Across from the Stockholm Olympic Stadium, the Royal College of Music has opened the doors to its new facilities, where Sweco’s architects have been responsible for interior design and accessibility adaptation. The watchwords that have followed the architects throughout their work are “music workshop with a gilt edge”.
Assignment: Royal College of Music (KMH)
Client: Royal College of Music (KMH)
Location: Vallhallavägen/Lidingövägen, Stockholm
Disciplines: Interior Architecture, Accessibility
Responsible interior architect: Annika Söderqvist, together with My Adamsson, Therese Alm-Backman, Vinciane Gilles and Carl Hanson
Certified accessibility expert: Monika Albertsson
Building architect: AIX
An important initial part of the project was to meet with the teachers and students and together formulate how the interior should be designed to best support the college's activities, after which the concrete proposals have taken shape. The interior architects have designed all furnishings and textiles and custom crafted the information desks and the bar in the restaurant.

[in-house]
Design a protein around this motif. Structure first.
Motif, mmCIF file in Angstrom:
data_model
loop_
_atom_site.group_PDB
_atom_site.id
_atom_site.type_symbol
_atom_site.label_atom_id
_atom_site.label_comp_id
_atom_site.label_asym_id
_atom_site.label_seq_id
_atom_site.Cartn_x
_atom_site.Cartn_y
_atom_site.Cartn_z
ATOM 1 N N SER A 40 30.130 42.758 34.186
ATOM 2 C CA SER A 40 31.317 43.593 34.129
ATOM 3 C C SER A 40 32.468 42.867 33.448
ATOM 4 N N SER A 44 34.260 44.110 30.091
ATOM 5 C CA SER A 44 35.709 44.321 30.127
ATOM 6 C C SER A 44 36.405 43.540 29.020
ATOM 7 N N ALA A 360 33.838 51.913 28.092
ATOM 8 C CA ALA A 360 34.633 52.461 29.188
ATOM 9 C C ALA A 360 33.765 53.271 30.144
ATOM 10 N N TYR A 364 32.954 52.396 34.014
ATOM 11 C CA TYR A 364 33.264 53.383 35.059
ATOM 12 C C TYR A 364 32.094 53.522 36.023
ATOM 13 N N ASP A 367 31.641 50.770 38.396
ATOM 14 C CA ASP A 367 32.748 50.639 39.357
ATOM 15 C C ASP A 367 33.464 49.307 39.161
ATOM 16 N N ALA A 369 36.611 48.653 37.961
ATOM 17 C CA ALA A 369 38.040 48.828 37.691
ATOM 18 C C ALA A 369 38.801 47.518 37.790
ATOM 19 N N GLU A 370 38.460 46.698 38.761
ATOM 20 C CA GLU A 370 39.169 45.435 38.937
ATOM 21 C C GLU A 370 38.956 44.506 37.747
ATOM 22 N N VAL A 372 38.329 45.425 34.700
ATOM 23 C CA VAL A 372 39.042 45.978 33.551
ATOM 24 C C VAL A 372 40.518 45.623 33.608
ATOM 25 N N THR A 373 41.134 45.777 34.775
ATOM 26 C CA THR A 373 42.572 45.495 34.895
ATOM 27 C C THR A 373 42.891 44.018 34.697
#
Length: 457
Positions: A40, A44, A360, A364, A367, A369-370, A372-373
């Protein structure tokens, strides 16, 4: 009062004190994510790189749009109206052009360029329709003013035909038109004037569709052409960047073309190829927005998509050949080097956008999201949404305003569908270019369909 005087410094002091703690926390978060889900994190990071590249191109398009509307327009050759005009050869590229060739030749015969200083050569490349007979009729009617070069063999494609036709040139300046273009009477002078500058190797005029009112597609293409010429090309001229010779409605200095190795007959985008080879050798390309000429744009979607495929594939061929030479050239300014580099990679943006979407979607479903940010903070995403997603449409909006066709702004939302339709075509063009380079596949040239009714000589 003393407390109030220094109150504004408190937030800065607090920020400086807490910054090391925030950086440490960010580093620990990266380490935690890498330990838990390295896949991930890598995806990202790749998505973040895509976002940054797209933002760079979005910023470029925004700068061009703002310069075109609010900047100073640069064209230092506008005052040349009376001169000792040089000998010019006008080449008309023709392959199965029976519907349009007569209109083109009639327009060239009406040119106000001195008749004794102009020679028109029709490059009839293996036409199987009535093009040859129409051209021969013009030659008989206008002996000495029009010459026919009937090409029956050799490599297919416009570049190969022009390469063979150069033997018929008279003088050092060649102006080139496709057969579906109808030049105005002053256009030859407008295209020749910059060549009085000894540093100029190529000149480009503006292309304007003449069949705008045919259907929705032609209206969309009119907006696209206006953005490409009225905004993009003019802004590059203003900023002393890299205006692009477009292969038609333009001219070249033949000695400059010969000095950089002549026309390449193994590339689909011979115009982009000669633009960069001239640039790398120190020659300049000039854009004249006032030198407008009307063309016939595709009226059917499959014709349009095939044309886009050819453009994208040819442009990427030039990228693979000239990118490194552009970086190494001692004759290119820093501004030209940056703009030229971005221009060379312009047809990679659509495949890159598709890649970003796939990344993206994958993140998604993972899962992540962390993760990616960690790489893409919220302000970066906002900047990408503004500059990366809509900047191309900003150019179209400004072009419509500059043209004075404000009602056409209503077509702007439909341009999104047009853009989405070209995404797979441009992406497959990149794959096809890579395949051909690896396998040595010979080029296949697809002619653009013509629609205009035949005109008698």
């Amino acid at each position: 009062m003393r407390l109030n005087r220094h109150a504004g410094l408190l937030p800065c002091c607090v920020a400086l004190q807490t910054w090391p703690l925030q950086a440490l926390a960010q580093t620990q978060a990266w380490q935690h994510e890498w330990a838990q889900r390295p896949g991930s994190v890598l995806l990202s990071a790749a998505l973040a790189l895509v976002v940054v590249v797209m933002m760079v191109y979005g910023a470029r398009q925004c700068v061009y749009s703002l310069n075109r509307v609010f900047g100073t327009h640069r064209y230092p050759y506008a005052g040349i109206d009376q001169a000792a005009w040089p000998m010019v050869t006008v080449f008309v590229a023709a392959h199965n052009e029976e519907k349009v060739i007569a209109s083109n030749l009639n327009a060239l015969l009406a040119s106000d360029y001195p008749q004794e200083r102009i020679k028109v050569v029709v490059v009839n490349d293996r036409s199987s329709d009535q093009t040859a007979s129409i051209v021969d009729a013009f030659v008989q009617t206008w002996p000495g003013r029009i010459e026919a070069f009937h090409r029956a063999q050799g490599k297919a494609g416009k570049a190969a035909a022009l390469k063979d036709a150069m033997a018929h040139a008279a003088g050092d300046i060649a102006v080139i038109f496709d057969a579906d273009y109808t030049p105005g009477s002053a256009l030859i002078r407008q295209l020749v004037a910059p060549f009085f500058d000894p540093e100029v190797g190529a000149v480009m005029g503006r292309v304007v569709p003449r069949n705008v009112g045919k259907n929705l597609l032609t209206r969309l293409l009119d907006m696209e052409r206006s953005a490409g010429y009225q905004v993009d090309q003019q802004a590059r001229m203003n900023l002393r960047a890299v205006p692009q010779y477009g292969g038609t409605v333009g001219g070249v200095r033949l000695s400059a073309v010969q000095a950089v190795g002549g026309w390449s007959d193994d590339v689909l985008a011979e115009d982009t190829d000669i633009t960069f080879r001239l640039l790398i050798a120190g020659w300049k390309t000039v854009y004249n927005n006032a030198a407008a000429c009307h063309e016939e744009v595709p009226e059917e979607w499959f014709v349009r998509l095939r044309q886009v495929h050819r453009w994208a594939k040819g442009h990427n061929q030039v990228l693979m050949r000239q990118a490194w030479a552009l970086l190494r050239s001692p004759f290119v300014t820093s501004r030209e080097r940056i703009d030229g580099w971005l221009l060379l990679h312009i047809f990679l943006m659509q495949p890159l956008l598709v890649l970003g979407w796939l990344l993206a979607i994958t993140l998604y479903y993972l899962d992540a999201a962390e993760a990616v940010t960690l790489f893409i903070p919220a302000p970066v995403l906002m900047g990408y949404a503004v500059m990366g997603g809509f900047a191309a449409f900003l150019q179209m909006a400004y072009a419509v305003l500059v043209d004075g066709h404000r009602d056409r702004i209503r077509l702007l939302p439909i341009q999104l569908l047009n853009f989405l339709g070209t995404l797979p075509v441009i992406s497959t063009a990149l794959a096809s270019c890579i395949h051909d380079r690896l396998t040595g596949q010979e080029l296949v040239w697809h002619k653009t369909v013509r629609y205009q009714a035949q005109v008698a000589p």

The idea of "music workshop with a gilt edge" has run like a connecting threat throughout the project and these words have united the architects' work and given the building and interior a uniform expression. The results are a durable and forgiving environment for experimentation and learning in simple and robust materials.
The "gilt edge" in the form of brass details is visible in both the building and its decorative details; the flags on the facade, the ceiling of the entrance hall and shiny base of the reception desk – a nod to brass instruments and the glittering festivities when the school hosts its concert evenings.
Aside from being beautiful and functional, the college also had to meet stringent demands on accessibility, excellent sound insulation, rigorous safety and efficient fire evacuation, demands that are usually not compatible. As a result, coordination and detailing have been especially important, for example in threshold design and placement of elbow switches, exit buttons and card readers. The architects have also worked extensively with the colour scheme, since the colours' light-dark contrast is decisive for enabling people with visual impairments to orient themselves.